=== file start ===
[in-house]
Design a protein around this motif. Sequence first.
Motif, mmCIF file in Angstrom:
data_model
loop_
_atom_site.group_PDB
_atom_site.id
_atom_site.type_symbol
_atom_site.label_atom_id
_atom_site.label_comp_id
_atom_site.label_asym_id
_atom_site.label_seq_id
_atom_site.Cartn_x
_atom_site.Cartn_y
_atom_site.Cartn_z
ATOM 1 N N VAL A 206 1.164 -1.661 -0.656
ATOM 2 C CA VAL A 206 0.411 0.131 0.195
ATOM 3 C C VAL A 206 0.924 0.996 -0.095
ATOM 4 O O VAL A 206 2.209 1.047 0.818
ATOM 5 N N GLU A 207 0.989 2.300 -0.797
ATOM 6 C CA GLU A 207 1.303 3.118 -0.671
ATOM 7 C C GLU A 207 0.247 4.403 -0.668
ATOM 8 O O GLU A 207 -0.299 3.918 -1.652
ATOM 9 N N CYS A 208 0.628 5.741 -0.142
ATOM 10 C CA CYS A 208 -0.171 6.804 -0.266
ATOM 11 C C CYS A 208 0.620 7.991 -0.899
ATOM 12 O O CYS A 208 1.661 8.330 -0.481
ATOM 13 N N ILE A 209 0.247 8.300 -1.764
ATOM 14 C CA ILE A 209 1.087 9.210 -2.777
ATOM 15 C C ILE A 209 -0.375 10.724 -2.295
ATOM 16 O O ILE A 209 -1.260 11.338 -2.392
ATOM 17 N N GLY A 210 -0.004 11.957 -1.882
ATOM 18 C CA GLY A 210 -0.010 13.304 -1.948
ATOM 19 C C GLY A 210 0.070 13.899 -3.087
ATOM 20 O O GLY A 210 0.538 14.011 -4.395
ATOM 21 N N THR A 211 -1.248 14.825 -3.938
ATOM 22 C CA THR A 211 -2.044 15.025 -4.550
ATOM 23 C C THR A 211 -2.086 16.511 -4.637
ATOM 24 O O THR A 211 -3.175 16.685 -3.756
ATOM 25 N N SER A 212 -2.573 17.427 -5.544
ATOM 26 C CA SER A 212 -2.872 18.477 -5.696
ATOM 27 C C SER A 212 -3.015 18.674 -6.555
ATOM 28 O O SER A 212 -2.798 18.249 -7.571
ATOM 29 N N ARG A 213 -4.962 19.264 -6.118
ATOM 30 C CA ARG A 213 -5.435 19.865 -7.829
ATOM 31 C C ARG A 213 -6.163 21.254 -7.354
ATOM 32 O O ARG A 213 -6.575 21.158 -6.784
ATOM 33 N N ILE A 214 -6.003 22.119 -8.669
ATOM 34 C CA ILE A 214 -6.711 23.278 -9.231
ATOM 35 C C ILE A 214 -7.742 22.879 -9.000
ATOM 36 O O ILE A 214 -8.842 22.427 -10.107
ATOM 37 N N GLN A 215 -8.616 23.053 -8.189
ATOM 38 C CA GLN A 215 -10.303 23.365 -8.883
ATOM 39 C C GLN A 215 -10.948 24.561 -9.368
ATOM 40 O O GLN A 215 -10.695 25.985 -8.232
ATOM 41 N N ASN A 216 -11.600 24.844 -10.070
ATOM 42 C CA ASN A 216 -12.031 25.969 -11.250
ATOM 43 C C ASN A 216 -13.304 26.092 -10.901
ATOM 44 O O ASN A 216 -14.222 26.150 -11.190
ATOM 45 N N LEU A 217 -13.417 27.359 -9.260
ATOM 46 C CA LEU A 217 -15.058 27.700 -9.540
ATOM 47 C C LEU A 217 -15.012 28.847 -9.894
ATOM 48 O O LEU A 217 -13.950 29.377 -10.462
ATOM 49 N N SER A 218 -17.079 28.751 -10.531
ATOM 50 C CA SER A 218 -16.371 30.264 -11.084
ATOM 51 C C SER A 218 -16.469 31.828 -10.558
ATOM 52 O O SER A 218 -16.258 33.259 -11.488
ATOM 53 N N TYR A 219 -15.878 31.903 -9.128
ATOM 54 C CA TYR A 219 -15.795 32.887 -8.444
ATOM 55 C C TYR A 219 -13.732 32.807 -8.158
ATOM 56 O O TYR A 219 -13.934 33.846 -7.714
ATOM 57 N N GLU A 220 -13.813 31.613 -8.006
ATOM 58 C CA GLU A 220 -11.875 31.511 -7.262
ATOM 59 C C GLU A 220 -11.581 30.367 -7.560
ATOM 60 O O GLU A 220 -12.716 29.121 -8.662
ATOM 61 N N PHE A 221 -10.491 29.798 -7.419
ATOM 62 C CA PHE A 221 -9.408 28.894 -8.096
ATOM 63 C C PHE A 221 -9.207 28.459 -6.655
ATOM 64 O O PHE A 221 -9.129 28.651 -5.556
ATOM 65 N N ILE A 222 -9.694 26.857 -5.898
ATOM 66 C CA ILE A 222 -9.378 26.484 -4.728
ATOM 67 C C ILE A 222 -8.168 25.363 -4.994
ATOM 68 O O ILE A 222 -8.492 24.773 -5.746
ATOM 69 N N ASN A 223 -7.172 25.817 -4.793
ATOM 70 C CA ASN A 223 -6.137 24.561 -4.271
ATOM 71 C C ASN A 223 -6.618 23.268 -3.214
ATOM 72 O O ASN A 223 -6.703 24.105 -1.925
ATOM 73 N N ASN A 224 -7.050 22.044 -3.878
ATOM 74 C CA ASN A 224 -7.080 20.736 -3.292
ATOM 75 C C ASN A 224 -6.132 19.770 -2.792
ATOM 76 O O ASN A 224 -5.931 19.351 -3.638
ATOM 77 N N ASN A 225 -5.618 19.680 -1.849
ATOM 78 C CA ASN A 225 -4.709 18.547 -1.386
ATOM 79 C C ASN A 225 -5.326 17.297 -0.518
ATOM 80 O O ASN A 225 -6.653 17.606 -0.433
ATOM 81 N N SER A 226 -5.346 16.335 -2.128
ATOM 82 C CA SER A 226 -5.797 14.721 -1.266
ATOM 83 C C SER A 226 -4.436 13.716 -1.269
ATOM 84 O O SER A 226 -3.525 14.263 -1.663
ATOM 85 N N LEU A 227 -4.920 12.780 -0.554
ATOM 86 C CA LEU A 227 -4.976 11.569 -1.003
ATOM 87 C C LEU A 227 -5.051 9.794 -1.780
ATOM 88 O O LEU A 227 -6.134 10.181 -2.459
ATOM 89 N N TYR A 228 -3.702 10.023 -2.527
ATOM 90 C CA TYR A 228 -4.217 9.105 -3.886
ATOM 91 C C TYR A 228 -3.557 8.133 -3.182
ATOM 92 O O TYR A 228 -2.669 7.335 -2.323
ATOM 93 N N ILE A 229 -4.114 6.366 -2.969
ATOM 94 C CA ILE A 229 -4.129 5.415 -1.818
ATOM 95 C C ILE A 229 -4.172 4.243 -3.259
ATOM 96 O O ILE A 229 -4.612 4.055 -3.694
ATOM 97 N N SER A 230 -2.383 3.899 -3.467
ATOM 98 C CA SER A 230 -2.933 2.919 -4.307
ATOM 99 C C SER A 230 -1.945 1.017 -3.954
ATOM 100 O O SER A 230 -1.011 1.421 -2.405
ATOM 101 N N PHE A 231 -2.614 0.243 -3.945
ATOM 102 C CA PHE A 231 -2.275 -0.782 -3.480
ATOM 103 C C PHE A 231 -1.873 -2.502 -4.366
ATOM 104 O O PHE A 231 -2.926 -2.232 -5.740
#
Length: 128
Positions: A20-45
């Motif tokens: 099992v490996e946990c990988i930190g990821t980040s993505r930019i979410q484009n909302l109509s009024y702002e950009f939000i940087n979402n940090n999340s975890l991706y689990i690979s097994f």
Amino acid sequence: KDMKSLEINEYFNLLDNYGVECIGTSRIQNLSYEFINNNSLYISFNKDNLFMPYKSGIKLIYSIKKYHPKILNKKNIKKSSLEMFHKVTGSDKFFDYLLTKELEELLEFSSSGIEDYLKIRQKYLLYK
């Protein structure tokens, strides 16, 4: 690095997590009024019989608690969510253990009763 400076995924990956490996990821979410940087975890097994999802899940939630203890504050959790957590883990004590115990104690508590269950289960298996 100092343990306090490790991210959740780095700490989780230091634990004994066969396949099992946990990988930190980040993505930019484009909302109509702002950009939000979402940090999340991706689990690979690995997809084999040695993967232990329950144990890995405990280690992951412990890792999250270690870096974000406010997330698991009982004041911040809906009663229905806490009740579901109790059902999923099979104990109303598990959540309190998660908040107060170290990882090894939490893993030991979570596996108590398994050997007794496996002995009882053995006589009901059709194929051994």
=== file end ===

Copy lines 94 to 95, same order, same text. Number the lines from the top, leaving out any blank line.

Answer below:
ATOM 79 C C ASN A 225 -5.326 17.297 -0.518
ATOM 80 O O ASN A 225 -6.653 17.606 -0.433